The Differences Between a Modem and a Router in Home WiFi
What's the Difference Between a Router and a Modem?
Setting your home's Wifi starts with understanding the difference between a modem and a router.
A modem converts the signal coming into your house to a hard line data connection (so you can use an Ethernet cord to connect to the Internet). Then a router will convert that hard line connection to 2.4 GHz or 4.8 GHz Wifi connection.
Learn more about each device so you can set up the best Wifi network for your home.
Modems work by taking the cable or phone line and converting it into an Internet connection.
Modems connect to the wall cable outlet with a coax cable. These are the cords that have an outside casing that screws into the wall. In addition to the data connection it will need to be plugging in to a normal wall outlet for power.
The outputs are Ethernet ports on the back. Ethernet cables carry data from one port to another, are often yellow and have the distinctive plastic clip that clicks into place when inserted.
If you're using a router you will connect one of those Ethernet ports to it. Read on about what routers do and how to set them up in the next section.
The remaining ports can be used for any wired Internet connection. Wired connections are hard lines that running directly to computers, laptops or gaming consoles. This connection will be faster than connecting over Wifi.
How to Pick A Modem
They will cost about $20-30 for the cheapest but can cost over $100 for the highest speeds.
You'll want to select a model that can handle the top speeds in your Internet plan. There's no need to pay any more to get a device that handles speed beyond what you will receive.
Once your modem is set up, the router will take the Internet connection and broadcast it as Wifi. That means your mobile devices that don't have a wired connection like cell phones and laptops can connect to the internet.
Set up your router with an Ethernet cord to the back of your modem. It will also need to be plugged into the wall for power. Once the device is on and connected to your service provider you should be able to connect your devices to the Wifi.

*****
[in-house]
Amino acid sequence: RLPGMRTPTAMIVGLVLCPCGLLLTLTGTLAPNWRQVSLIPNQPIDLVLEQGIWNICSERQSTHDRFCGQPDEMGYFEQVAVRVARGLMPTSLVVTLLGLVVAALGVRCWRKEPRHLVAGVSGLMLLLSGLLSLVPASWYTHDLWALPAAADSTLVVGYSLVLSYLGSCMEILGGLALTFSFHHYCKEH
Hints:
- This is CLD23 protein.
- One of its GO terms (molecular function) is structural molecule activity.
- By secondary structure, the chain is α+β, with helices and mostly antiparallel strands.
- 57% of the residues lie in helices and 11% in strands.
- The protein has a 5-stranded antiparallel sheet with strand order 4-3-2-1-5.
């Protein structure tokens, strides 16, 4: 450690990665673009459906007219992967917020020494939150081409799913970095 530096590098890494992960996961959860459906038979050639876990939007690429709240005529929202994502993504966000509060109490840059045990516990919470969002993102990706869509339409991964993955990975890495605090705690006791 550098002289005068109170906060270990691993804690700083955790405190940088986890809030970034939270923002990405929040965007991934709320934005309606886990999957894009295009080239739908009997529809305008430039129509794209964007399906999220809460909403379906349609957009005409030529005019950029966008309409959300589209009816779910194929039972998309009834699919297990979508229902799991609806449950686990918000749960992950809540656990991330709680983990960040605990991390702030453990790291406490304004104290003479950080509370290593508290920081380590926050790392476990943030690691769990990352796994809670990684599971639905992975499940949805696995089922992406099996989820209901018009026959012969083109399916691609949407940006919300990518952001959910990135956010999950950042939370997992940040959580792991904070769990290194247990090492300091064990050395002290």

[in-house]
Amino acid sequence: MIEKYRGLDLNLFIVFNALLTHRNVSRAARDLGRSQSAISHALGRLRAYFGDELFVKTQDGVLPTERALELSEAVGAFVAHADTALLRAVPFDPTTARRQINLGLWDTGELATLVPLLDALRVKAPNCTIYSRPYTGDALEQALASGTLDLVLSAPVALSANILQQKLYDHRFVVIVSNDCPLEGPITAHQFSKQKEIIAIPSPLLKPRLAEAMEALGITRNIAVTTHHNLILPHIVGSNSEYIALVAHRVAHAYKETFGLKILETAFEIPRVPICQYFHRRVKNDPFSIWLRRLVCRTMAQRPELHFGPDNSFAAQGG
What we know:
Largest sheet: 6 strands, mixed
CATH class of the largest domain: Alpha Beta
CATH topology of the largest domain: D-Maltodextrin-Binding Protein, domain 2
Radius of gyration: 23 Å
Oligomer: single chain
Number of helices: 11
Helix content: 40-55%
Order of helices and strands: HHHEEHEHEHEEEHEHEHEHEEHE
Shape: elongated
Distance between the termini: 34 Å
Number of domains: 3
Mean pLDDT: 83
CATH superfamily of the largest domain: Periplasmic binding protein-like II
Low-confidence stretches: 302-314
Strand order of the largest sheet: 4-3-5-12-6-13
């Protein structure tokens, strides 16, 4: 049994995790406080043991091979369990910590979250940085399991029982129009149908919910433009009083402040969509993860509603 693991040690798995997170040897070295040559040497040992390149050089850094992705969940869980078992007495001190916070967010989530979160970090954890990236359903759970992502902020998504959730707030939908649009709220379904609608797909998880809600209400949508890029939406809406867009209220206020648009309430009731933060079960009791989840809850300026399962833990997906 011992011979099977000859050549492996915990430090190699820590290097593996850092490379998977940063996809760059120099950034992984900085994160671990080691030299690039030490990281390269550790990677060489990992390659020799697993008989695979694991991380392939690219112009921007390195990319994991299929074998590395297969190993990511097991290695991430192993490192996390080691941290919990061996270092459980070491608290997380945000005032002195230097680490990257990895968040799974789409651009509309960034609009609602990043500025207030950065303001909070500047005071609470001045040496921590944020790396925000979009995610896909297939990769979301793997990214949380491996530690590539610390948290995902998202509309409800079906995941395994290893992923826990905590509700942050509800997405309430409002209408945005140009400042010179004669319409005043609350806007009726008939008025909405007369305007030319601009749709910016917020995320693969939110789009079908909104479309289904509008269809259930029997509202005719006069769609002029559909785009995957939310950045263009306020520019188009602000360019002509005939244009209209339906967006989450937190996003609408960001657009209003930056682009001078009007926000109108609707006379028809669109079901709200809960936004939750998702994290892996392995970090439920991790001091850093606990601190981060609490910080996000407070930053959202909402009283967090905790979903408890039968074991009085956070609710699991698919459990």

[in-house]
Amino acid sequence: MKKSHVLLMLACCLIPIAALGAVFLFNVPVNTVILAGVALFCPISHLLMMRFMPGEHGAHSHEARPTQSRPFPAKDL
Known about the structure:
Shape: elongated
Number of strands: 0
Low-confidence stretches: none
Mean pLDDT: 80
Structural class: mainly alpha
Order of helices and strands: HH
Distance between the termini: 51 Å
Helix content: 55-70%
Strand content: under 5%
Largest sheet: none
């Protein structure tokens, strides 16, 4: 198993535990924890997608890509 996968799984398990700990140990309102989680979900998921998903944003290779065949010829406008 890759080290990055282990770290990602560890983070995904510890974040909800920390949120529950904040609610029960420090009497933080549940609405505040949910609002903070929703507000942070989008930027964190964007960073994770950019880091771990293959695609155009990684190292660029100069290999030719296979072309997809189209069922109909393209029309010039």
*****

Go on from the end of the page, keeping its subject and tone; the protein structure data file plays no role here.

Choosing a Router
Expect to pay $20 for the cheapest versions and up to $100 for a top of the line brand.
Modern routers output at both 2.4 GHz and 4.8 GHz. Most devices made after 2015 will use the slightly faster 4.8 GHz frequency. But if you have an older device with a wireless enabled you may need to make sure the router you're purchasing will output at 2.4 GHz.
If you have a large house try to position your router as close to the center as possible. You may need a more powerful version or multiple repeaters if you want stronger signals at the edges of the house.
What About A Modem/Router Combo?
You might be interested in a combination router and modem for your home network. This can definitely save on cost because you’re only buying one device.
Sometimes it’s still better to buy them individually. This is the case if you already have one and just need the other or you will want to upgrade one. For example, modems are all pretty standard but a high quality router can make a big difference for faster and further-reaching connections.
Also, it can be beneficial to have separate devices because then troubleshooting is a little easier. You can inspect and test each device individually instead of having no insight into what the combination box is doing.
Do I Need a Modem or Router for Xfinity?
As with any Internet service you will need at least a modem to access it. Xfinity rents out modems for the duration of your service but it’s usually much cheaper to buy one yourself. It will pay for itself in 3-6 months compared to renting from them.
© 2019 Katy Medium